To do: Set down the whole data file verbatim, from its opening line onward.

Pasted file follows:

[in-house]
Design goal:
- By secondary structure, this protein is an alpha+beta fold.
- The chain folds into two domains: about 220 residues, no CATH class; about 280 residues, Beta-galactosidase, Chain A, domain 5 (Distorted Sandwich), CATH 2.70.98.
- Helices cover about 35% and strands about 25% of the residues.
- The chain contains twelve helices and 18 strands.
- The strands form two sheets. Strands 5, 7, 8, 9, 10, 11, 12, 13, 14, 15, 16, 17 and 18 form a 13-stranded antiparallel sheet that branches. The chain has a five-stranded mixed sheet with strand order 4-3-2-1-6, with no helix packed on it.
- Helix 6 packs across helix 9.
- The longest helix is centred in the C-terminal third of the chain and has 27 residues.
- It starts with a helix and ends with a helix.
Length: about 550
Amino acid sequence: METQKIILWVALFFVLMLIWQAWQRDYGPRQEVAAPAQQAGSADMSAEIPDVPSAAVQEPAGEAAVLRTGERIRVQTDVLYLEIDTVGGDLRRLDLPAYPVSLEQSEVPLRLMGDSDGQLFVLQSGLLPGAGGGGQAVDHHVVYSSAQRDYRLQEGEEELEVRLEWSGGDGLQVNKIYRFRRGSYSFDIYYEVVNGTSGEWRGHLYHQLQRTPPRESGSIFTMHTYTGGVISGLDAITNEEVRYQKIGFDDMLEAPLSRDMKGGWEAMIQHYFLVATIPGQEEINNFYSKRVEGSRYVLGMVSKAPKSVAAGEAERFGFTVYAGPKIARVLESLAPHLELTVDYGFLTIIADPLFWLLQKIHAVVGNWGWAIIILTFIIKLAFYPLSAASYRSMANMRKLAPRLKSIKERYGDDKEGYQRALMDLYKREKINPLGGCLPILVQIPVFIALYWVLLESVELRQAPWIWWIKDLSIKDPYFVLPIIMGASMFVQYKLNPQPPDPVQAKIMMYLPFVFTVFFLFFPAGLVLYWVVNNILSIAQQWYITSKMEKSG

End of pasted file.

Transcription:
[in-house]
Design goal:
- By secondary structure, this protein is an alpha+beta fold.
- The chain folds into two domains: about 220 residues, no CATH class; about 280 residues, Beta-galactosidase, Chain A, domain 5 (Distorted Sandwich), CATH 2.70.98.
- Helices cover about 35% and strands about 25% of the residues.
- The chain contains twelve helices and 18 strands.
- The strands form two sheets. Strands 5, 7, 8, 9, 10, 11, 12, 13, 14, 15, 16, 17 and 18 form a 13-stranded antiparallel sheet that branches. The chain has a five-stranded mixed sheet with strand order 4-3-2-1-6, with no helix packed on it.
- Helix 6 packs across helix 9.
- The longest helix is centred in the C-terminal third of the chain and has 27 residues.
- It starts with a helix and ends with a helix.
Length: about 550
Amino acid sequence: METQKIILWVALFFVLMLIWQAWQRDYGPRQEVAAPAQQAGSADMSAEIPDVPSAAVQEPAGEAAVLRTGERIRVQTDVLYLEIDTVGGDLRRLDLPAYPVSLEQSEVPLRLMGDSDGQLFVLQSGLLPGAGGGGQAVDHHVVYSSAQRDYRLQEGEEELEVRLEWSGGDGLQVNKIYRFRRGSYSFDIYYEVVNGTSGEWRGHLYHQLQRTPPRESGSIFTMHTYTGGVISGLDAITNEEVRYQKIGFDDMLEAPLSRDMKGGWEAMIQHYFLVATIPGQEEINNFYSKRVEGSRYVLGMVSKAPKSVAAGEAERFGFTVYAGPKIARVLESLAPHLELTVDYGFLTIIADPLFWLLQKIHAVVGNWGWAIIILTFIIKLAFYPLSAASYRSMANMRKLAPRLKSIKERYGDDKEGYQRALMDLYKREKINPLGGCLPILVQIPVFIALYWVLLESVELRQAPWIWWIKDLSIKDPYFVLPIIMGASMFVQYKLNPQPPDPVQAKIMMYLPFVFTVFFLFFPAGLVLYWVVNNILSIAQQWYITSKMEKSG